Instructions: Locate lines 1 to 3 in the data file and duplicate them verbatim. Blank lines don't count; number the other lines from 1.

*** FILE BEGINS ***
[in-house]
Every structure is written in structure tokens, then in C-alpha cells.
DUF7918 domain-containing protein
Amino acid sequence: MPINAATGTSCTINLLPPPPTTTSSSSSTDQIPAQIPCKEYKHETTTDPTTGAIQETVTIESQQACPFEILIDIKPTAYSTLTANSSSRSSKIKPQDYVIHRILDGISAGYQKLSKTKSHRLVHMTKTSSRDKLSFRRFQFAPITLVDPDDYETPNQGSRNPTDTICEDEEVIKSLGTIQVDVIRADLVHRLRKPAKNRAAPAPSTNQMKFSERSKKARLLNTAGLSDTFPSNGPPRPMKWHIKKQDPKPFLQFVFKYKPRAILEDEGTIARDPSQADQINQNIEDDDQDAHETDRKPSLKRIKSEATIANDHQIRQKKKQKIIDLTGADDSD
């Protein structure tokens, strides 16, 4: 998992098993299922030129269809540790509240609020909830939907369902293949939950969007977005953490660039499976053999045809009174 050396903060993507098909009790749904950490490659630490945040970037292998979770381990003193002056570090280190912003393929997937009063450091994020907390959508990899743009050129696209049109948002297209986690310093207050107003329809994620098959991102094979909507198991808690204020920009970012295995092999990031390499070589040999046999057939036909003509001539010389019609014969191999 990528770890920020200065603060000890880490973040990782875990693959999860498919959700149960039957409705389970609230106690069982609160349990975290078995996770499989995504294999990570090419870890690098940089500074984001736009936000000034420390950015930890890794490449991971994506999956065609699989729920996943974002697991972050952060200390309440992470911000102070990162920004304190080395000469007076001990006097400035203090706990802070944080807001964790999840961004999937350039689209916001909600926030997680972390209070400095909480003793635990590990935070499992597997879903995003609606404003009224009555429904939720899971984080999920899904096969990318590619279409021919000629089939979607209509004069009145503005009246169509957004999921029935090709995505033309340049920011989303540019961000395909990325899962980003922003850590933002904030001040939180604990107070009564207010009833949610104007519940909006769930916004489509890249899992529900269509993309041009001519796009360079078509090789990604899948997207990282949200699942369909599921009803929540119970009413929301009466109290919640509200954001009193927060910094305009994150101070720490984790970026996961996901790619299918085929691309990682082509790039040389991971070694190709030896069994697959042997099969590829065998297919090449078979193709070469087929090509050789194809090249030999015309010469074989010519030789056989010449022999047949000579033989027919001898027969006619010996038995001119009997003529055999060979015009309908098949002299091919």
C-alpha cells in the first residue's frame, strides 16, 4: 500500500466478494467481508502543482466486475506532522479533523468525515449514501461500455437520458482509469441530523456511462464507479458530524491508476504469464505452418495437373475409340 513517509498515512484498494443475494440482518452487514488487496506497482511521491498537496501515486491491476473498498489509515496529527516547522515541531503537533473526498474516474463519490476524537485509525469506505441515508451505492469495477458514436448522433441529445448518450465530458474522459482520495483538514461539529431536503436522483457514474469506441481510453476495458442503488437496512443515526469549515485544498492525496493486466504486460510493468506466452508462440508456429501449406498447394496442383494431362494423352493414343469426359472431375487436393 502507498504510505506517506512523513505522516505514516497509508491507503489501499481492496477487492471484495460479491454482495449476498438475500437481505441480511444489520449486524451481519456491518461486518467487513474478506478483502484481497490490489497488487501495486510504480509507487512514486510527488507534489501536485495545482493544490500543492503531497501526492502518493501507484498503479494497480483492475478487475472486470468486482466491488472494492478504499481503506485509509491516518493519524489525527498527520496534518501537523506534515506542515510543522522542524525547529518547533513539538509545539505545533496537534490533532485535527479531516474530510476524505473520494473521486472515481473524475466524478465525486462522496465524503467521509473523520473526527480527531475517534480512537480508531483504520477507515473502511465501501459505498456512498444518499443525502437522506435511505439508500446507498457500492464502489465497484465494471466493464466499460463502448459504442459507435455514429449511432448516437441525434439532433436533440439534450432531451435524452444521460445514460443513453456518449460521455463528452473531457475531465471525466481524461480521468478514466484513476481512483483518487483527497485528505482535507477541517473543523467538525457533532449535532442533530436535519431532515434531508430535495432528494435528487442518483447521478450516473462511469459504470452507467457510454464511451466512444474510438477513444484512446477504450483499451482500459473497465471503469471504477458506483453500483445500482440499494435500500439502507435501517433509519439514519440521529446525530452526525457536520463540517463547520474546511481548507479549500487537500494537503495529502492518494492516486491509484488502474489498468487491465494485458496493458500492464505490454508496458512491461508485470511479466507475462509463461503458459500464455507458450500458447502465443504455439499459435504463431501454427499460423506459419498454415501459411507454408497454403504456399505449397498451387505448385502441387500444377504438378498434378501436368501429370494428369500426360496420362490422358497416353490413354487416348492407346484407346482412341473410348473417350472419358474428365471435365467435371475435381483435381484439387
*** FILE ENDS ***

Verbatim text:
[in-house]
Every structure is written in structure tokens, then in C-alpha cells.
DUF7918 domain-containing protein